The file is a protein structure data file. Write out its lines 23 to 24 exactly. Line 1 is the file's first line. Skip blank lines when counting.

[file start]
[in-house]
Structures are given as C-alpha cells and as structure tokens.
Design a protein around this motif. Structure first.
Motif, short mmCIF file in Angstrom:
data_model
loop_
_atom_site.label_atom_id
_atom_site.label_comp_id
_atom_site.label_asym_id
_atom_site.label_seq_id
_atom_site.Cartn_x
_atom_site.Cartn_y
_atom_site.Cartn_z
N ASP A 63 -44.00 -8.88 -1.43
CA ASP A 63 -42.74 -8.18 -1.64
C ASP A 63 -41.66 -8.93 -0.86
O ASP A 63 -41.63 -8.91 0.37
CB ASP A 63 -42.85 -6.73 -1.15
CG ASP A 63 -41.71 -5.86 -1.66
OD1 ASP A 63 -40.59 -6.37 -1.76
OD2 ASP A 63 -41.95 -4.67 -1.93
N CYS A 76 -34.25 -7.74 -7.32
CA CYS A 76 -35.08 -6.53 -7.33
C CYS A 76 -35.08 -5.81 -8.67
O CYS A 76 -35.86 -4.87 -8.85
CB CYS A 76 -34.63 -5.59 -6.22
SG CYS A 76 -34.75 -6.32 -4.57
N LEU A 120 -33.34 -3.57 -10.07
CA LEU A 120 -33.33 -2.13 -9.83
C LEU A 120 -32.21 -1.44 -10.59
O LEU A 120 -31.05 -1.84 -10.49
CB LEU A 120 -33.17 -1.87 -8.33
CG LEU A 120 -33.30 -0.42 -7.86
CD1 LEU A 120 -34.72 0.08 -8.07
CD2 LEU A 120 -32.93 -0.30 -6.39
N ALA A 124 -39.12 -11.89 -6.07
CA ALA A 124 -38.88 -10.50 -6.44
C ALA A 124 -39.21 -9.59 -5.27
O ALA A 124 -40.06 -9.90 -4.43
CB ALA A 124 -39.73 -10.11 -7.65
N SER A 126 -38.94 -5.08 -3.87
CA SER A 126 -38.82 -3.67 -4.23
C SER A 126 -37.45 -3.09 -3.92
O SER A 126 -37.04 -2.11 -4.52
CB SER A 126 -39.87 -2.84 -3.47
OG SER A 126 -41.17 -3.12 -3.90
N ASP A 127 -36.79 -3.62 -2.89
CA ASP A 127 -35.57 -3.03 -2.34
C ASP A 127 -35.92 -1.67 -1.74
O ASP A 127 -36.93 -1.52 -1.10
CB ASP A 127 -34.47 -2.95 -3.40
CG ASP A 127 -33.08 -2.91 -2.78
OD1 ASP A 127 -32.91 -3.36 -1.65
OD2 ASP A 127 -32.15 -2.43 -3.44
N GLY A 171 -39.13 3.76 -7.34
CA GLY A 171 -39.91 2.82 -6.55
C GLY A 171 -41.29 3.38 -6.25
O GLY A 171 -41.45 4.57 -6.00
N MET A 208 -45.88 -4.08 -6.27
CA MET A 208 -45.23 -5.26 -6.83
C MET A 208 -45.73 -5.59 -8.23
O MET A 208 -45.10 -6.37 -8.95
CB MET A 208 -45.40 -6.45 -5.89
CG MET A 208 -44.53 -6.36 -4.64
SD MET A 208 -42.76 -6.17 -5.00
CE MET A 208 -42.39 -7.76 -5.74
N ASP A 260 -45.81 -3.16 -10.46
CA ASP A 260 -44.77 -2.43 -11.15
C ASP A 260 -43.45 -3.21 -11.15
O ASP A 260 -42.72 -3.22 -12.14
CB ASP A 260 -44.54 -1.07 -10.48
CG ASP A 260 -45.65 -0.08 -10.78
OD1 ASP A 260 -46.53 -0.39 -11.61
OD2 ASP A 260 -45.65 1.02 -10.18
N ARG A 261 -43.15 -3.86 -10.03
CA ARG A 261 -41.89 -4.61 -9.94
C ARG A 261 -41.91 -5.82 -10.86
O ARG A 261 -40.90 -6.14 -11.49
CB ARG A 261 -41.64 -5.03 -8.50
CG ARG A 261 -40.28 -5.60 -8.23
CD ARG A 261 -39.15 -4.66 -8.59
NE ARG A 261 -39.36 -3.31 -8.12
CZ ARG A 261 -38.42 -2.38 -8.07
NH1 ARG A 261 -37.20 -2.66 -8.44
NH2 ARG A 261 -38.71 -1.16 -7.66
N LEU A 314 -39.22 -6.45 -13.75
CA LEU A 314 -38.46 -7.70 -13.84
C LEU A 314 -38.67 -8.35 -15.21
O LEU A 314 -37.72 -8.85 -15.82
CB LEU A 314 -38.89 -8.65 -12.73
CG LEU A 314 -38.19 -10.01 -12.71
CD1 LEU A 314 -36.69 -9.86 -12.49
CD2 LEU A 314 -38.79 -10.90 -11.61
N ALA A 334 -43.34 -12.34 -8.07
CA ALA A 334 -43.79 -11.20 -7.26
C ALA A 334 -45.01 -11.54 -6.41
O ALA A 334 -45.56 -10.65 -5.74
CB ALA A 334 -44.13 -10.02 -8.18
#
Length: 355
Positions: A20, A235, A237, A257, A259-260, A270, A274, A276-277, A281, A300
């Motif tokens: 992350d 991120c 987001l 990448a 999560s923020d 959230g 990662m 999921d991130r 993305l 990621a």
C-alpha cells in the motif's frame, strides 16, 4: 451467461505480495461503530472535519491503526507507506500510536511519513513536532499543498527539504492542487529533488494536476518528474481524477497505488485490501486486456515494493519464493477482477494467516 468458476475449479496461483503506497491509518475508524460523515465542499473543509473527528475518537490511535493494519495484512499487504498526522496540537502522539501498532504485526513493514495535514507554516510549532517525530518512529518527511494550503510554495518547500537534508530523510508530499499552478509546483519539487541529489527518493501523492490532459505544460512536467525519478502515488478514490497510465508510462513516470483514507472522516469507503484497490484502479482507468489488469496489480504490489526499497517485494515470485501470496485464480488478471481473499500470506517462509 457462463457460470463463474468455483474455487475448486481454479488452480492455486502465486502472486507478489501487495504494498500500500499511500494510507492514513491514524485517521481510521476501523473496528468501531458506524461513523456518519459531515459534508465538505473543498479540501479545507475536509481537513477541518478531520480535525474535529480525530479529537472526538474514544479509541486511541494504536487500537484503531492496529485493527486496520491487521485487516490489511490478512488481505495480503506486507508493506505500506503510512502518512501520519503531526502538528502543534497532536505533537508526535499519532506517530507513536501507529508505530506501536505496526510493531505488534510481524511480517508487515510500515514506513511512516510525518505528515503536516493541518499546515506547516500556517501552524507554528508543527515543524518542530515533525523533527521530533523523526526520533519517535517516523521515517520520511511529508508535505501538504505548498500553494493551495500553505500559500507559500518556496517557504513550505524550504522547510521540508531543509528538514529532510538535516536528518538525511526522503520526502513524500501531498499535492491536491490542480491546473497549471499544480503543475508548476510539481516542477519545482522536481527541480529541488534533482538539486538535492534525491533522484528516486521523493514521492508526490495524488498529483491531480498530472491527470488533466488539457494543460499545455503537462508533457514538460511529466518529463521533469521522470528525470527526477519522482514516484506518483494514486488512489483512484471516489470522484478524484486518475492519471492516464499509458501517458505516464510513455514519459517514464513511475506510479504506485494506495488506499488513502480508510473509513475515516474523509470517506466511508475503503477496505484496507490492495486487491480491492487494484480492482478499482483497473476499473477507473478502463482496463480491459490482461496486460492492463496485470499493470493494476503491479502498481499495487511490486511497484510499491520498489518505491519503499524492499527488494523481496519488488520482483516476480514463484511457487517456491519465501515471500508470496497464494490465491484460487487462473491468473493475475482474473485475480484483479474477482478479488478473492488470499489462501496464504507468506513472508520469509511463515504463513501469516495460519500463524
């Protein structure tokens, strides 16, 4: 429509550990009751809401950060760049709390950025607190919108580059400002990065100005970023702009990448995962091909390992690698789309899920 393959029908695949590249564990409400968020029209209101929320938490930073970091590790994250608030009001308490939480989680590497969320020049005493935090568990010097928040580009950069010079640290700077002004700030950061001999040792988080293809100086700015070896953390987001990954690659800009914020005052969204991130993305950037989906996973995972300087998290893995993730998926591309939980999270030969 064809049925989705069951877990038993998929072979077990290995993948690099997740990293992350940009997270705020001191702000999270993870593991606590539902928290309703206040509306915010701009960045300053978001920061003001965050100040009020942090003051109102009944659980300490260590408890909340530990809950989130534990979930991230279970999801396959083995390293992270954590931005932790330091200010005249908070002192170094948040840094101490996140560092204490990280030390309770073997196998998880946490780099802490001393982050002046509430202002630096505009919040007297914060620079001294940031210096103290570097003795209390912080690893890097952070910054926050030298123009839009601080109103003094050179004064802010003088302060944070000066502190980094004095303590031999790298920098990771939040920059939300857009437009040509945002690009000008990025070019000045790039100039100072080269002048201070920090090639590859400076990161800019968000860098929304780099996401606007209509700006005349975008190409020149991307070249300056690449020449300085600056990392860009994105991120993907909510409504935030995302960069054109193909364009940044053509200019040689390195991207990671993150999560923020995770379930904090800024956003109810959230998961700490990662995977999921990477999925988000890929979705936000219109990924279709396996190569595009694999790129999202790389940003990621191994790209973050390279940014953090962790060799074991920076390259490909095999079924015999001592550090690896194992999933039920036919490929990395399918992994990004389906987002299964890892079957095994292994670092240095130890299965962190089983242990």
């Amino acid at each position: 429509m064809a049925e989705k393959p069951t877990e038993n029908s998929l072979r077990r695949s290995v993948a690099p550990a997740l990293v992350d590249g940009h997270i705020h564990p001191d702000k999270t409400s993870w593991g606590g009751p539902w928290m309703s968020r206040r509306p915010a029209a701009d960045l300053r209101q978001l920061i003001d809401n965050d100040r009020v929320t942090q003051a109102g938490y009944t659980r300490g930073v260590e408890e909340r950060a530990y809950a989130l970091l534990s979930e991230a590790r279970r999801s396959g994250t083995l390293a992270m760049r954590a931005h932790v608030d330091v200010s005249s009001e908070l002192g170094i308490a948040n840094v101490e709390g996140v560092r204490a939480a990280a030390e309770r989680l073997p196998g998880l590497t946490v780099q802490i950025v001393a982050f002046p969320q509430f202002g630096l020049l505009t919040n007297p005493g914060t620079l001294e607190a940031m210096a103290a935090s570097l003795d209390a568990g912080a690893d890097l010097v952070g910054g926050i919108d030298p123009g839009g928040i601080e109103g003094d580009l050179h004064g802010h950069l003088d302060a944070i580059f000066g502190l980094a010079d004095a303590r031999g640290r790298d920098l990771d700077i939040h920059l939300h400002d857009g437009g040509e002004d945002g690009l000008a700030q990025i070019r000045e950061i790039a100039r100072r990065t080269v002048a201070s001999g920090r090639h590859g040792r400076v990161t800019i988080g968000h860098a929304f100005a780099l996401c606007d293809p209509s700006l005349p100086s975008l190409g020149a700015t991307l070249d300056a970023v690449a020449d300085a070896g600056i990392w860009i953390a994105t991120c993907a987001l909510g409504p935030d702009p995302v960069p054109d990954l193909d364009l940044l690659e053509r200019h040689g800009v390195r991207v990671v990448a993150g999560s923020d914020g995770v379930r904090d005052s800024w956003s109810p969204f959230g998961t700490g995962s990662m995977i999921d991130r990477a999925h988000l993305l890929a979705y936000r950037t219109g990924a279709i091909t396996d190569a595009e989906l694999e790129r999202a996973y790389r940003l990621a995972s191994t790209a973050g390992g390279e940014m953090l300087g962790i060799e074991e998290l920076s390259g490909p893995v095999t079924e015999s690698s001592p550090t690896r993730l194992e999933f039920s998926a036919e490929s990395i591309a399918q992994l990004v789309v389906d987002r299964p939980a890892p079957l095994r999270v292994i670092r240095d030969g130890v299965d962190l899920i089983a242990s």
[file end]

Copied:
CA CYS A 76 -35.08 -6.53 -7.33
C CYS A 76 -35.08 -5.81 -8.67